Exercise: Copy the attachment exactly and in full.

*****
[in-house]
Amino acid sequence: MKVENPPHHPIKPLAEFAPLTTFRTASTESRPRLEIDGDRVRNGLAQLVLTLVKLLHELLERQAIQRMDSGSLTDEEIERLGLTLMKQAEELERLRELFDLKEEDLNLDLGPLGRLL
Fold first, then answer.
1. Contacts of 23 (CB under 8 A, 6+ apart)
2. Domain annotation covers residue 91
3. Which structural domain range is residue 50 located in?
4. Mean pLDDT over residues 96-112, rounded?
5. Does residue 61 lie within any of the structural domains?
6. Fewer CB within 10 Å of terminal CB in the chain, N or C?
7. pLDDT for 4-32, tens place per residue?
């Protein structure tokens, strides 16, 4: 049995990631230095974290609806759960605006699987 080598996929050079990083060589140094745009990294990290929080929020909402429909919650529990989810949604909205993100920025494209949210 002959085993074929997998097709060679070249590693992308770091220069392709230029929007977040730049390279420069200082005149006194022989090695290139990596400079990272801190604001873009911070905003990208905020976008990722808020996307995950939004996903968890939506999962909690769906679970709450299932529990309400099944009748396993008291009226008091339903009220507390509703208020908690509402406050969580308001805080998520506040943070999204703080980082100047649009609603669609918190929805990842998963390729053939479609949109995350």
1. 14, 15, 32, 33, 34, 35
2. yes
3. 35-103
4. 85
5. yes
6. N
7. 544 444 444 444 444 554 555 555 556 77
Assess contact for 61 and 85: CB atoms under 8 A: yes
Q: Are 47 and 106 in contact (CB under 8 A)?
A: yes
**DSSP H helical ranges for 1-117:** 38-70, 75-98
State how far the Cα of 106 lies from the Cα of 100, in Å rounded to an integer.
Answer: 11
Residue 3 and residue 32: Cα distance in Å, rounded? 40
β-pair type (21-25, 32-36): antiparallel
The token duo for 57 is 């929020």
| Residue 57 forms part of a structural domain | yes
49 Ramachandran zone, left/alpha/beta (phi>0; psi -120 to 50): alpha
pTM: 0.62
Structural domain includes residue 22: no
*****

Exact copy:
[in-house]
Amino acid sequence: MKVENPPHHPIKPLAEFAPLTTFRTASTESRPRLEIDGDRVRNGLAQLVLTLVKLLHELLERQAIQRMDSGSLTDEEIERLGLTLMKQAEELERLRELFDLKEEDLNLDLGPLGRLL
Fold first, then answer.
1. Contacts of 23 (CB under 8 A, 6+ apart)
2. Domain annotation covers residue 91
3. Which structural domain range is residue 50 located in?
4. Mean pLDDT over residues 96-112, rounded?
5. Does residue 61 lie within any of the structural domains?
6. Fewer CB within 10 Å of terminal CB in the chain, N or C?
7. pLDDT for 4-32, tens place per residue?
């Protein structure tokens, strides 16, 4: 049995990631230095974290609806759960605006699987 080598996929050079990083060589140094745009990294990290929080929020909402429909919650529990989810949604909205993100920025494209949210 002959085993074929997998097709060679070249590693992308770091220069392709230029929007977040730049390279420069200082005149006194022989090695290139990596400079990272801190604001873009911070905003990208905020976008990722808020996307995950939004996903968890939506999962909690769906679970709450299932529990309400099944009748396993008291009226008091339903009220507390509703208020908690509402406050969580308001805080998520506040943070999204703080980082100047649009609603669609918190929805990842998963390729053939479609949109995350």
1. 14, 15, 32, 33, 34, 35
2. yes
3. 35-103
4. 85
5. yes
6. N
7. 544 444 444 444 444 554 555 555 556 77
Assess contact for 61 and 85: CB atoms under 8 A: yes
Q: Are 47 and 106 in contact (CB under 8 A)?
A: yes
**DSSP H helical ranges for 1-117:** 38-70, 75-98
State how far the Cα of 106 lies from the Cα of 100, in Å rounded to an integer.
Answer: 11
Residue 3 and residue 32: Cα distance in Å, rounded? 40
β-pair type (21-25, 32-36): antiparallel
The token duo for 57 is 């929020």
| Residue 57 forms part of a structural domain | yes
49 Ramachandran zone, left/alpha/beta (phi>0; psi -120 to 50): alpha
pTM: 0.62
Structural domain includes residue 22: no